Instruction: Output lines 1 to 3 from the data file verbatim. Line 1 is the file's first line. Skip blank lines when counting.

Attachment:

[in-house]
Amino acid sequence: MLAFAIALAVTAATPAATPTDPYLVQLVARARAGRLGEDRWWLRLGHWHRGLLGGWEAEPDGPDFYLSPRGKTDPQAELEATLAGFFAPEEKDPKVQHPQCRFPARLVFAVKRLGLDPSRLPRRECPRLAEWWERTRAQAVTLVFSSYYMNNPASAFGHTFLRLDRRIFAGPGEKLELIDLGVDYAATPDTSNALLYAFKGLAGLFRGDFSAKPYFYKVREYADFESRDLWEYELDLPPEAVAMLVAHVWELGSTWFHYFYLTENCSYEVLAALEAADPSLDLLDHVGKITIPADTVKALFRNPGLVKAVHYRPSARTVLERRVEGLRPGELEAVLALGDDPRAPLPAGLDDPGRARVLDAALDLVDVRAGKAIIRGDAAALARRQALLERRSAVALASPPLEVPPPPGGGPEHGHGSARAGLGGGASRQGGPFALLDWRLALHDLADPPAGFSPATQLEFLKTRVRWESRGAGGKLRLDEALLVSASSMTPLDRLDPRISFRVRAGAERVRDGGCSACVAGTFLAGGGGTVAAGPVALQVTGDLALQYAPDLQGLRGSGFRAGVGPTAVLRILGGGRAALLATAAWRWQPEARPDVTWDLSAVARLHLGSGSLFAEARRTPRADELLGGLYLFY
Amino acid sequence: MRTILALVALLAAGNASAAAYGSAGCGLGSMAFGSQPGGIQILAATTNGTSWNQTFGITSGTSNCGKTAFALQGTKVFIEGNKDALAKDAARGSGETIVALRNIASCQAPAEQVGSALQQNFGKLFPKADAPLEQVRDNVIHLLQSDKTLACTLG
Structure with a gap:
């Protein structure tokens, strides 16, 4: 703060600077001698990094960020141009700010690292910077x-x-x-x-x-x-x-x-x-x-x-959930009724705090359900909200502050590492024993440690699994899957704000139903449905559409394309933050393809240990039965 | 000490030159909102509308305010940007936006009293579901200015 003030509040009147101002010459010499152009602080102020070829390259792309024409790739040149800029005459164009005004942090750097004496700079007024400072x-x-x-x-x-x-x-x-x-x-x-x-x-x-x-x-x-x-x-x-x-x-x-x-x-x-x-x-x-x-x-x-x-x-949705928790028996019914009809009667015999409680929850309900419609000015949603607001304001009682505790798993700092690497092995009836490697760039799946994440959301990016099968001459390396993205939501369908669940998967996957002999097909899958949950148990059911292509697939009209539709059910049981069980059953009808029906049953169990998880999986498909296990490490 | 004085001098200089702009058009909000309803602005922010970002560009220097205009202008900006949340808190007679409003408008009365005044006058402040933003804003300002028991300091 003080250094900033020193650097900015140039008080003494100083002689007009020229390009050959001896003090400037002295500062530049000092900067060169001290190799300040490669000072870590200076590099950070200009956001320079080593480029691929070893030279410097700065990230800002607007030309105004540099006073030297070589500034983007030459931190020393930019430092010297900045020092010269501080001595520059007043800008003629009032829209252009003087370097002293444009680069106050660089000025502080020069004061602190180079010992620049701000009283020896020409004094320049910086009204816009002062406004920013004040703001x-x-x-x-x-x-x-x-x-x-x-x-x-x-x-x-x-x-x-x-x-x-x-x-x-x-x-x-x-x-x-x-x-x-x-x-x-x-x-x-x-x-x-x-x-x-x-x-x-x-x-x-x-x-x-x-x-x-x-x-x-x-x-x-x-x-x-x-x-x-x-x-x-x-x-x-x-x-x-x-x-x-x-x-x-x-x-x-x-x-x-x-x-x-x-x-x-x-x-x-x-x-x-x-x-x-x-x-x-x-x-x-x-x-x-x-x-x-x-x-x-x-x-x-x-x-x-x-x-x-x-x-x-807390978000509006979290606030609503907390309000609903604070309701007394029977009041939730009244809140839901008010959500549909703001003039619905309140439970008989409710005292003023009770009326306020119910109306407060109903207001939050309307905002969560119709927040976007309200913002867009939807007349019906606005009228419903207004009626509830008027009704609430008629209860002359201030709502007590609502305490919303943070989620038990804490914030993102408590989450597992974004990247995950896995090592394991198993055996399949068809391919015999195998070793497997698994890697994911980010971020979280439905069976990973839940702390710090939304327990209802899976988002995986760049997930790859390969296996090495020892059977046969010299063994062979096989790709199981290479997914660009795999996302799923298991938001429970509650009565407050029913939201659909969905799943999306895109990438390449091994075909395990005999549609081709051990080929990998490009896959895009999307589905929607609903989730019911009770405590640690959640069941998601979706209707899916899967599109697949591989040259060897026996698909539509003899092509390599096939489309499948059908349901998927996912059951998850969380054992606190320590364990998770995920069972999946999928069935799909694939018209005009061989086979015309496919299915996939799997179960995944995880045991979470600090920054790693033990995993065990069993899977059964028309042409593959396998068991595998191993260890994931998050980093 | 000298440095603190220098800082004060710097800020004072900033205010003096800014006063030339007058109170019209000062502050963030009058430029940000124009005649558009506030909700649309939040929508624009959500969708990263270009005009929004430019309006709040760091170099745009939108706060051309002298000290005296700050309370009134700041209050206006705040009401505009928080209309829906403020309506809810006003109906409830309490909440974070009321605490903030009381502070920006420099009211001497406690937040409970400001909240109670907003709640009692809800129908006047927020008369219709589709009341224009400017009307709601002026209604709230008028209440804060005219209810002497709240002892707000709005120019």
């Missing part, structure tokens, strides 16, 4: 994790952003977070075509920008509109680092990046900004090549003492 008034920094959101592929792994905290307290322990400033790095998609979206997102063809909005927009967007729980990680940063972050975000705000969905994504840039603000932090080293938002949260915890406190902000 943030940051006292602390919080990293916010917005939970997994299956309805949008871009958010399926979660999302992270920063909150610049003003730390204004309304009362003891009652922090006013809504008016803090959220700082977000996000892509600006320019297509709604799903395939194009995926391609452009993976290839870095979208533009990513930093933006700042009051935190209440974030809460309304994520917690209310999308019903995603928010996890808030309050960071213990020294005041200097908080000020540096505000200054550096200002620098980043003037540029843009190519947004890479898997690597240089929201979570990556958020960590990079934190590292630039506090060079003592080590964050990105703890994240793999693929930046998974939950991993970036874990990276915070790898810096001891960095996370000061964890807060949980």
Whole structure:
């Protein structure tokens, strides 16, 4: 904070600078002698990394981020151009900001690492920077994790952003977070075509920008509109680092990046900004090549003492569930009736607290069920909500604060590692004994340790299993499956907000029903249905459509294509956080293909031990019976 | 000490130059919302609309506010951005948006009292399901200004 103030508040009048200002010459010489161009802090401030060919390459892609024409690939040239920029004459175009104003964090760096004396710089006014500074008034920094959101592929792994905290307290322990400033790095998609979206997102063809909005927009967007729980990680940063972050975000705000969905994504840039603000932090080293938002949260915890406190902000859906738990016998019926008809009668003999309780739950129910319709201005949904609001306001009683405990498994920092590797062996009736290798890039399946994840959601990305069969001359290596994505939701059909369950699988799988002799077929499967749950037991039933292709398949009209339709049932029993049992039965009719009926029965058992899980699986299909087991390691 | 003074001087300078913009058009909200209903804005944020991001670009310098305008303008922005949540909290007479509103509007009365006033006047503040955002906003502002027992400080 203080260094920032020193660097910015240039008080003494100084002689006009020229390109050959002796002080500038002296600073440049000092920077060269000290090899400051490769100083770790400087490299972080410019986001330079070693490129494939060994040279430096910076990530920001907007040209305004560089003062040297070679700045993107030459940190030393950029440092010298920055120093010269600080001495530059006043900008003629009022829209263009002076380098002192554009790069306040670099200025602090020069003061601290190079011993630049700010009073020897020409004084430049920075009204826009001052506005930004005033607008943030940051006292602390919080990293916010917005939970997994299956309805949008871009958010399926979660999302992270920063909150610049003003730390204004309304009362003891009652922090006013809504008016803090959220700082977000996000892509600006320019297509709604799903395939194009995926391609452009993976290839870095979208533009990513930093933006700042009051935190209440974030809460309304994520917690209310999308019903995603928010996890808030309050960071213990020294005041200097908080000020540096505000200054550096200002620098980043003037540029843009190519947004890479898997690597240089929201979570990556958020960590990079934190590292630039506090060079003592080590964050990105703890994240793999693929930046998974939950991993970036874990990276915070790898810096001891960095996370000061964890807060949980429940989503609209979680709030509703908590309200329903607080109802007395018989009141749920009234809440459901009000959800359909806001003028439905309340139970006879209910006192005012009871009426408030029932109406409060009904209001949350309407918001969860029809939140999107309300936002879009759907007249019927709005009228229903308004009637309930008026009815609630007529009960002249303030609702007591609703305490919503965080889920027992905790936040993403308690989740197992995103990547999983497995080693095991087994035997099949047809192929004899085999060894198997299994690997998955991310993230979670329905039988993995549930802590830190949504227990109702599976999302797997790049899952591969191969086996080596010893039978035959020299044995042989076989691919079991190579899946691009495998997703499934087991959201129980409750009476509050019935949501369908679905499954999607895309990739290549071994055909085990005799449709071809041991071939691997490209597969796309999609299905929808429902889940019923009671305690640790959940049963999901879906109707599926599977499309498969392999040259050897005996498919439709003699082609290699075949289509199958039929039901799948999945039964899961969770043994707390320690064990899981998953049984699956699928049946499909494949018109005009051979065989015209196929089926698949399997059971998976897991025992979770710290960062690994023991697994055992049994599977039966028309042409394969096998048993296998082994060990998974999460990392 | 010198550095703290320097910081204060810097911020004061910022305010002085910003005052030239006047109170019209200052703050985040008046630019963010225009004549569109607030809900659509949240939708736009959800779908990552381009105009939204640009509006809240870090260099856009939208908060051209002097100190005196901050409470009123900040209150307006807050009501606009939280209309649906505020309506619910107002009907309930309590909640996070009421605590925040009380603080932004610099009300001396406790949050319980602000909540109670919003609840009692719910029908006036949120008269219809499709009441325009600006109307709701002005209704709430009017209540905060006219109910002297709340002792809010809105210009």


[in-house]
Amino acid sequence: MLAFAIALAVTAATPAATPTDPYLVQLVARARAGRLGEDRWWLRLGHWHRGLLGGWEAEPDGPDFYLSPRGKTDPQAELEATLAGFFAPEEKDPKVQHPQCRFPARLVFAVKRLGLDPSRLPRRECPRLAEWWERTRAQAVTLVFSSYYMNNPASAFGHTFLRLDRRIFAGPGEKLELIDLGVDYAATPDTSNALLYAFKGLAGLFRGDFSAKPYFYKVREYADFESRDLWEYELDLPPEAVAMLVAHVWELGSTWFHYFYLTENCSYEVLAALEAADPSLDLLDHVGKITIPADTVKALFRNPGLVKAVHYRPSARTVLERRVEGLRPGELEAVLALGDDPRAPLPAGLDDPGRARVLDAALDLVDVRAGKAIIRGDAAALARRQALLERRSAVALASPPLEVPPPPGGGPEHGHGSARAGLGGGASRQGGPFALLDWRLALHDLADPPAGFSPATQLEFLKTRVRWESRGAGGKLRLDEALLVSASSMTPLDRLDPRISFRVRAGAERVRDGGCSACVAGTFLAGGGGTVAAGPVALQVTGDLALQYAPDLQGLRGSGFRAGVGPTAVLRILGGGRAALLATAAWRWQPEARPDVTWDLSAVARLHLGSGSLFAEARRTPRADELLGGLYLFY
Amino acid sequence: MRTILALVALLAAGNASAAAYGSAGCGLGSMAFGSQPGGIQILAATTNGTSWNQTFGITSGTSNCGKTAFALQGTKVFIEGNKDALAKDAARGSGETIVALRNIASCQAPAEQVGSALQQNFGKLFPKADAPLEQVRDNVIHLLQSDKTLACTLG